Biggest mistakes investors make

We work with organizations and their employees everyday helping them with their investment decisions when it comes to their Group RRSPs andDefinedContributionPension Plans. The most common questions we get revolve around what to invest in and choosing the “best” investment.

The unfortunate reality is there is no such thing as the “best” investment and even if there was such a thing, no one has the ability to predict what investment will be “Best” ahead of time on a consistent basis.

Let’s take a look at some of the biggest mistakes investors make.

Chasing performance

In my opinion, chasing performance is not only the biggest mistake investors, but it’s also the most common mistake.

Chasingperformanceis where you tend to choose investments that did the best in the past. Quite often we are most influenced by recent performance success. If you saw a list of three investments and the returns over the past year. 3 years, 5 years, etc., which investment is naturally most attractive to you?

  • +15%
  • +3%
  • -10%

For most people, the tendency is to be attracted to the investment that made 15%. Why? Because it was the winner. It did the best and our little hearts can’t help but love winners and hate losers. In fact, most people’s instinct is to sell the losers and buy more of the winners.

Related article: Buy Low, Sell high

According to the research I did from my first book Mutual Fundamentals, there is over an 80% correlation that last year’s best performing investments will be the most popular investments. Think back to the Emerging Markets in 1993, Financial Services in the mid-1990s and Technology in the late 1990s. If chasing performance is your key strategy in selecting investments consider these facts:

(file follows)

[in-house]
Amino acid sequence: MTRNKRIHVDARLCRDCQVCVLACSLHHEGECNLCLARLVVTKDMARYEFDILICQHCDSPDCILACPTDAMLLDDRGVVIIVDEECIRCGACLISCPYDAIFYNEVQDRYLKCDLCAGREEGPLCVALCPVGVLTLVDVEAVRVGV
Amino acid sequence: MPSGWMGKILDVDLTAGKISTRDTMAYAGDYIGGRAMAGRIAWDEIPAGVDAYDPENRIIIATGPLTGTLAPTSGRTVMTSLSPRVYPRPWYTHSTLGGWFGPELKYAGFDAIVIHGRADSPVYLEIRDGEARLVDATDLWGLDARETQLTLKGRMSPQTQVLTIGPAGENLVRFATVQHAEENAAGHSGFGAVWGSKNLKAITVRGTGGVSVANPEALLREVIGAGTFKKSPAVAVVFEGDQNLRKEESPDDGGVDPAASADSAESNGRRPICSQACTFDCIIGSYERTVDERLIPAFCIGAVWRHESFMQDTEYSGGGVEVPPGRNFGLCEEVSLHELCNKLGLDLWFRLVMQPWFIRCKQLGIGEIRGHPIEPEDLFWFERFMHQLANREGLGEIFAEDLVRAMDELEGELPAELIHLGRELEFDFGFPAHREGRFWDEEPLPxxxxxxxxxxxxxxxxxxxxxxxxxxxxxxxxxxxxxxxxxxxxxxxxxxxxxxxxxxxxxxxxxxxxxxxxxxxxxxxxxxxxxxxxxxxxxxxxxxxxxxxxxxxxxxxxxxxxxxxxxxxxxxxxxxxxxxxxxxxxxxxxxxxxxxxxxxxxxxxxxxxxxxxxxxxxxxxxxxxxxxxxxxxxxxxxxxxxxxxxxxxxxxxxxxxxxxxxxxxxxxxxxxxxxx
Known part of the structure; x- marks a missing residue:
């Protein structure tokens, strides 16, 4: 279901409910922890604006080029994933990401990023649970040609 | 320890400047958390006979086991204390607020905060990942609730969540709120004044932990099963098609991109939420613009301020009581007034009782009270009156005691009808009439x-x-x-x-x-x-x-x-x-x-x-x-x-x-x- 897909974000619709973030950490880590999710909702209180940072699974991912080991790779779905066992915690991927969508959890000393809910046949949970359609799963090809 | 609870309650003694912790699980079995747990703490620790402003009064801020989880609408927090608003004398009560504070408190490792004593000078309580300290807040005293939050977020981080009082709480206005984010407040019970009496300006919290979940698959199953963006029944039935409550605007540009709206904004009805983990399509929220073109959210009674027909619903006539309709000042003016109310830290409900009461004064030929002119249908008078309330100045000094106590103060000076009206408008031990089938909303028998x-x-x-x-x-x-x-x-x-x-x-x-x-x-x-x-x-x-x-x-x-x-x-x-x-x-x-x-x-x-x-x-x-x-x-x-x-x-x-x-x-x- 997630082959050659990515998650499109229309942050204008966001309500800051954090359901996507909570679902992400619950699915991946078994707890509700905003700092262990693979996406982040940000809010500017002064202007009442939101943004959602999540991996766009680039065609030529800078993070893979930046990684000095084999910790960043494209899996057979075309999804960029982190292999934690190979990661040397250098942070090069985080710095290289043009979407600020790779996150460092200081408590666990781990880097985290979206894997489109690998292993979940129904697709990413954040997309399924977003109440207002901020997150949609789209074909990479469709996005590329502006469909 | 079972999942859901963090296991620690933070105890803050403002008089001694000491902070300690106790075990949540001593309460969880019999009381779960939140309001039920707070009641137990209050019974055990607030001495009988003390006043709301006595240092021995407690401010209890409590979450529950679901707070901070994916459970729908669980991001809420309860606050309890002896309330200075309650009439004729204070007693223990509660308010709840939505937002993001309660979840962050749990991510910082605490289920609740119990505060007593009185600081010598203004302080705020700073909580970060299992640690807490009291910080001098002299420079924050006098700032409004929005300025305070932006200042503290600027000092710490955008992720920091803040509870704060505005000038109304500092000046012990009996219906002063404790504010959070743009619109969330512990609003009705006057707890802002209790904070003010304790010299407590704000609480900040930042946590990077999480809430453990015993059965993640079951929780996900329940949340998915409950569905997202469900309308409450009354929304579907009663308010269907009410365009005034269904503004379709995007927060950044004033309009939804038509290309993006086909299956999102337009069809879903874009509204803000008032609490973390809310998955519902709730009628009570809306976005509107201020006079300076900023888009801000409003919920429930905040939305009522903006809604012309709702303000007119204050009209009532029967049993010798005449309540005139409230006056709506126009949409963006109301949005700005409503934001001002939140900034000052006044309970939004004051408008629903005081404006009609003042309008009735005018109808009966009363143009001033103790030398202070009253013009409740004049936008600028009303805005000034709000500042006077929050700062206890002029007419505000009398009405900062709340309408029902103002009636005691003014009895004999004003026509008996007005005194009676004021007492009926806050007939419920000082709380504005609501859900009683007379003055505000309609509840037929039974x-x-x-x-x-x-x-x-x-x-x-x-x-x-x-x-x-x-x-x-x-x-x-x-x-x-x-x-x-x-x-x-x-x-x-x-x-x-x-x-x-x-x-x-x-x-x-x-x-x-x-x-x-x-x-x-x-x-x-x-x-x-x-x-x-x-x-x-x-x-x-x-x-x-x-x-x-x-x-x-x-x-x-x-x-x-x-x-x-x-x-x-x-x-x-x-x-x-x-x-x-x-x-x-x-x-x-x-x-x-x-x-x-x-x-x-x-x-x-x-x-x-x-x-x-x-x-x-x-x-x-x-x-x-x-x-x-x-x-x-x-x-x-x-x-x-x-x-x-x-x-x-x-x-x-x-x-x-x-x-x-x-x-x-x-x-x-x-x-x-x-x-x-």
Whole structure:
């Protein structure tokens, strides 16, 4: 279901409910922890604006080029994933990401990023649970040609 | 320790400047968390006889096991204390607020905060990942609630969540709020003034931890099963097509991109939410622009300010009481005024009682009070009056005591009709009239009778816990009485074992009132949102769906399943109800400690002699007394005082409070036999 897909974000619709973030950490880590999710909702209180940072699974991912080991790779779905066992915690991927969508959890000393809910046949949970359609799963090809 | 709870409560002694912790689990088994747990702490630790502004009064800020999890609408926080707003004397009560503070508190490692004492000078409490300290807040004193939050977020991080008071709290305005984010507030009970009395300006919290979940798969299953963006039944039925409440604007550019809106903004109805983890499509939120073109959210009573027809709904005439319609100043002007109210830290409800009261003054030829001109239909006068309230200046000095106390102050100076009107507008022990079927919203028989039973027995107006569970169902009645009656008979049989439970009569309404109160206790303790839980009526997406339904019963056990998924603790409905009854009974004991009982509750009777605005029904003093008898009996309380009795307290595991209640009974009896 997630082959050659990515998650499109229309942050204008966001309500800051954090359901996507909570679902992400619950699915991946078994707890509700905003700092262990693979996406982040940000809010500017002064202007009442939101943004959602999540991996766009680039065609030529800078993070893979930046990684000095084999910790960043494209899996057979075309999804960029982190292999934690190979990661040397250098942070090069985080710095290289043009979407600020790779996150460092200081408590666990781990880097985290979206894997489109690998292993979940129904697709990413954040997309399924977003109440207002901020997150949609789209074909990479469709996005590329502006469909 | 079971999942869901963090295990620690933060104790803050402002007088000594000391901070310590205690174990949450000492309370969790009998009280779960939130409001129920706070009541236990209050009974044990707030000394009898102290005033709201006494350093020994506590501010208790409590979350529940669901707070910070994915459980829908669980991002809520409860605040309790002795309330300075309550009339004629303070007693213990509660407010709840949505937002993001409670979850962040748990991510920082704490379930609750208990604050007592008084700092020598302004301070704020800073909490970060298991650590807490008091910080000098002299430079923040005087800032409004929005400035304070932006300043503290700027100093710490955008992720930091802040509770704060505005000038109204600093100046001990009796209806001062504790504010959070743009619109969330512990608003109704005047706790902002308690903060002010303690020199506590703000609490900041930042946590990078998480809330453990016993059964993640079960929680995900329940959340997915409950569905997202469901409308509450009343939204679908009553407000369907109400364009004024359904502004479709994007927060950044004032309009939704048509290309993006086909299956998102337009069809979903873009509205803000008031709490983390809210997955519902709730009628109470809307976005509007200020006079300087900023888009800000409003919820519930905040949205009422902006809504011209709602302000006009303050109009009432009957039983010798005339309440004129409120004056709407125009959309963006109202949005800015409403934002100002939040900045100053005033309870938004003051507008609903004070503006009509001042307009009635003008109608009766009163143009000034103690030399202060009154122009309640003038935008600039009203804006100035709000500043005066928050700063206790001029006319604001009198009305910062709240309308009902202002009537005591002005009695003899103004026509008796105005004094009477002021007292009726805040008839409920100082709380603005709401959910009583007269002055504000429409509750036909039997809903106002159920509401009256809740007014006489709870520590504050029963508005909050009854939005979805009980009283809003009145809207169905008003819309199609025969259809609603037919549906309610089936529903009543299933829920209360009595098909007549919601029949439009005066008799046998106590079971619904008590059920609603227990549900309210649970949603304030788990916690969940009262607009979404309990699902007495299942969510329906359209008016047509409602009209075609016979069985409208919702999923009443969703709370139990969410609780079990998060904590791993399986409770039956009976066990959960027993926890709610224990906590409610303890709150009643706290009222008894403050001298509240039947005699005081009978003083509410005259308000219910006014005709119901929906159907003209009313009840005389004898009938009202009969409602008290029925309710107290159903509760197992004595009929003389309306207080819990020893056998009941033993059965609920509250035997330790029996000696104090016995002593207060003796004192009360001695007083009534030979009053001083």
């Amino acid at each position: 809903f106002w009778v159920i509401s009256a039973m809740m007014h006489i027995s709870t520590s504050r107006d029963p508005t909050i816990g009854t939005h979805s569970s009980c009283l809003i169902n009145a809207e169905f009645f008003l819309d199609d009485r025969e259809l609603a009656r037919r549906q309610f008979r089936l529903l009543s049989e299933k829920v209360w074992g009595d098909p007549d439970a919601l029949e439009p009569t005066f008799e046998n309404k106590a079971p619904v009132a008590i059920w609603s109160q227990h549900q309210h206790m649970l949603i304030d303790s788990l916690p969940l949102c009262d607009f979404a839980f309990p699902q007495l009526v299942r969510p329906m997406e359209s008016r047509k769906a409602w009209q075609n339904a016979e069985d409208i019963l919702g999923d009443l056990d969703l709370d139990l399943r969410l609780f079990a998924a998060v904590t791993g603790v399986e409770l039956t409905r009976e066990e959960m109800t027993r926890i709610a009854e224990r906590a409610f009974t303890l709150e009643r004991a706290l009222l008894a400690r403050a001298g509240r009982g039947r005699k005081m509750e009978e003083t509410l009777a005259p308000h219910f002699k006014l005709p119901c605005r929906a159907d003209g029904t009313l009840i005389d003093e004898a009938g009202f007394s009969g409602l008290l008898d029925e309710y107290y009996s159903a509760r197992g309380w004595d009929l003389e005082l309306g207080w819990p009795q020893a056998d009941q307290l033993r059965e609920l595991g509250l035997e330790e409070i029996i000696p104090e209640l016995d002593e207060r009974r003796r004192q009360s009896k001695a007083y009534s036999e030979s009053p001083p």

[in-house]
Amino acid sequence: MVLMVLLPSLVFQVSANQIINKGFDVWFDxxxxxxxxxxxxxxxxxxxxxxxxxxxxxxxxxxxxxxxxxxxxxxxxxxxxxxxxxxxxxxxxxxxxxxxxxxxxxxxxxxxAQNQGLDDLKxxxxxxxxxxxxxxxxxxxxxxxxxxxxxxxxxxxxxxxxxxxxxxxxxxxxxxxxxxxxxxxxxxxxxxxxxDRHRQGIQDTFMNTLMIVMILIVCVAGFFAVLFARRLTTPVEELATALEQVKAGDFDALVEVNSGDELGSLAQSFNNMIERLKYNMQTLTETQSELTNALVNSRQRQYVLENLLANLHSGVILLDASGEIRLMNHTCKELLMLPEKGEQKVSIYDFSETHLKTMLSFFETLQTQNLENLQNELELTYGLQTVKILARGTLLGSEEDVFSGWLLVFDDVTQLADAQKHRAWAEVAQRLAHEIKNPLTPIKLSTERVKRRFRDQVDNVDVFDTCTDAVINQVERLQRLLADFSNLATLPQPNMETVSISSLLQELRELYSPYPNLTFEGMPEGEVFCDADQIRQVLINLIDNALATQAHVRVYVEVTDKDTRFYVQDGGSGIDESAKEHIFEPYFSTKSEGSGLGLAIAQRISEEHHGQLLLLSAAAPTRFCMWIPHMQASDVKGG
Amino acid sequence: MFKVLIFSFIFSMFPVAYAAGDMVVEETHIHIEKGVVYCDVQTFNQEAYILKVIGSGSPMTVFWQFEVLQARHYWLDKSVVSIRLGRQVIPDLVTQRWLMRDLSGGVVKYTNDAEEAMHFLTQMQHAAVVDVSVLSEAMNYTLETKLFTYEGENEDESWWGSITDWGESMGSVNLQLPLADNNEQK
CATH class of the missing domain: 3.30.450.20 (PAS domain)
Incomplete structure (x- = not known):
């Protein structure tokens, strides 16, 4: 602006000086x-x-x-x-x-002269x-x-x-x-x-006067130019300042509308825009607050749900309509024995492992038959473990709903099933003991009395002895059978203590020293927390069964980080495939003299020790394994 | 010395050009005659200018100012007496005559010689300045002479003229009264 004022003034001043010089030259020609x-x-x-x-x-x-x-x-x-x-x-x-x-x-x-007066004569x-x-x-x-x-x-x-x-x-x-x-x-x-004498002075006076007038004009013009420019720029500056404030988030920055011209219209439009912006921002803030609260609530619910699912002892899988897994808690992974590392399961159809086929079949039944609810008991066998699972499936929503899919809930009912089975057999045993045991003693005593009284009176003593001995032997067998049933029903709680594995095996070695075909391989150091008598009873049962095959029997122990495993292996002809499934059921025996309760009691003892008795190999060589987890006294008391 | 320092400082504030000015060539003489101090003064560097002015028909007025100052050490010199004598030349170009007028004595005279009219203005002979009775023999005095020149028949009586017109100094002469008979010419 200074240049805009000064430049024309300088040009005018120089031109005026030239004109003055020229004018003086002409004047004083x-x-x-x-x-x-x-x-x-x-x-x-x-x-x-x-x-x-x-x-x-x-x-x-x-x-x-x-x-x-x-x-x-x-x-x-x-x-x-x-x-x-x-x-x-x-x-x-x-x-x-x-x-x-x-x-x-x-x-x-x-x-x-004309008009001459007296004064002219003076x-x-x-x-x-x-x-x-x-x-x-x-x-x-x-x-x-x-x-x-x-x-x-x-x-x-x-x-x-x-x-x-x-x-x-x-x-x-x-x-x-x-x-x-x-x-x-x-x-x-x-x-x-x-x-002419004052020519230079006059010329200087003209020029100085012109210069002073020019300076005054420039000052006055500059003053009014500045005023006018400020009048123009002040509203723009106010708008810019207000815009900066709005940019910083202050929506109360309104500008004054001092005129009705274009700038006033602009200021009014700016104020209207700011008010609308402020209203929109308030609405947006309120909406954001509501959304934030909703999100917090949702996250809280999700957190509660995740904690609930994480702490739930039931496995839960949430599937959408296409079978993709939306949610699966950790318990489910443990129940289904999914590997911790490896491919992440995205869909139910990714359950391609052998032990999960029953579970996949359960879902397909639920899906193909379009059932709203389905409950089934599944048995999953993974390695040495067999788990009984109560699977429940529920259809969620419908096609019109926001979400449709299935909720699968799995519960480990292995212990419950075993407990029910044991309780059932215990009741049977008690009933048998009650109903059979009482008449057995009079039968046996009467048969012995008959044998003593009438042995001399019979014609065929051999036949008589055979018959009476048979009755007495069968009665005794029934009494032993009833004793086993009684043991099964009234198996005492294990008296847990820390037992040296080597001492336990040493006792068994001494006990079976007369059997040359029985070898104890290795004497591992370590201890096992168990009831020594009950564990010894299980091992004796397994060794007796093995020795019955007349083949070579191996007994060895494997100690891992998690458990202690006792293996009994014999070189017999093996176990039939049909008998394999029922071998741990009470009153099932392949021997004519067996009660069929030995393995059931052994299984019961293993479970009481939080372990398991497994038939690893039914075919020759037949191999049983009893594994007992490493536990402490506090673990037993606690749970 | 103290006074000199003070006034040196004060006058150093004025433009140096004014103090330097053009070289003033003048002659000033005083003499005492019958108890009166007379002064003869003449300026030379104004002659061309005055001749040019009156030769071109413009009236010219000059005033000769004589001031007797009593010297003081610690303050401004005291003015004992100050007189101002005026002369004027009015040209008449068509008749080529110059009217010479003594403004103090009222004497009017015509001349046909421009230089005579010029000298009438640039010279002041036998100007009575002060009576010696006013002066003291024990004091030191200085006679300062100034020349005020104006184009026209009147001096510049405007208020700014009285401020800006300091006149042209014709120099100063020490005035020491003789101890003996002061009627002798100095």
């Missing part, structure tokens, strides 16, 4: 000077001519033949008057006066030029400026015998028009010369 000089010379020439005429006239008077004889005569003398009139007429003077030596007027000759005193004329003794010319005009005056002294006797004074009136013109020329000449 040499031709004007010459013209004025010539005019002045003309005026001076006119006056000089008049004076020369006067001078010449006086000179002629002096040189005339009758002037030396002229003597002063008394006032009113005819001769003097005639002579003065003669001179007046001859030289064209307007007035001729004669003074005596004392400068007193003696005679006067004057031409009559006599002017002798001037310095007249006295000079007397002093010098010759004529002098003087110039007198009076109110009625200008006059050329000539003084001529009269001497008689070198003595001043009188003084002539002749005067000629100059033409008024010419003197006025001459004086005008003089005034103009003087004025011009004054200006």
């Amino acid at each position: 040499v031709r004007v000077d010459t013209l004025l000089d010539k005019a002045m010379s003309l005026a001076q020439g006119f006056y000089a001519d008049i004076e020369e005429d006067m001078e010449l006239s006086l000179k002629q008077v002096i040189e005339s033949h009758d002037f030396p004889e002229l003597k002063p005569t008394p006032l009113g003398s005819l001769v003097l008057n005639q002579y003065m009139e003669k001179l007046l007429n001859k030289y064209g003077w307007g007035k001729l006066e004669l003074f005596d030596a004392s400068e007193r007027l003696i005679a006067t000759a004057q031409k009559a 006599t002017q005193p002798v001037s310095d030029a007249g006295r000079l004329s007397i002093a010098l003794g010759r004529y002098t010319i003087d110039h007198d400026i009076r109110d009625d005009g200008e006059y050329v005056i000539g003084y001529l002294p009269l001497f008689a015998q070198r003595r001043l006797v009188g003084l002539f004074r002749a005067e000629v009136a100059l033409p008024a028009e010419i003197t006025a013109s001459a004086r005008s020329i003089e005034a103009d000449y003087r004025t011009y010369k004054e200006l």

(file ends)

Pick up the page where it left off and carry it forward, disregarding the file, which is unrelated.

• Everything goes in cycles (interest rates, stock markets, sectors, mutual funds, economies, businesses, etc). What goes up can come down. Just because it was the best, does not mean it will stay the best.
  • If it were that easy, we would all do it and chasing performance would always work. Well, we all do it but unfortunately, it rarely works.
  • Short-term performance is a random walk. It cannot be predicted.
  • Chasing performance does not work. According to our research, you have less than a 15% chance that these years top-performing investments will be next year’s top-performing investments. In other words, you have an 85% chance of being wrong.

Market timing

Knowing which sector, market or investment will be the best is impossible. It is just like predicting the future is impossible. Understanding the past is easy. It’s like understanding the technology sector. In hindsight, it is easy to understand what happened and why. But back in 2007, how many people predicted there was going to be a financial meltdown in 2008? To take this a step further, if you were one of the few who did get it right, what is the probability that you will get it right again? And again? And again? Just to emphasize my point, what will be the best investment for the next 12 months?

Related article: A tale of perfect market timing

Over and over again, I hear investment and economic predictions not only from everyday people but from smart people and people considered to be professional. The entire industry is built on trying to out predict, out-guess, out-forecast something that cannot be predicted, guess or forecasted.

Investing is a science. It requires structure, discipline, and process. It is not about Ouiji boards, the position of the stars, feelings, intuition or guessing what will be the next best thing (for a while).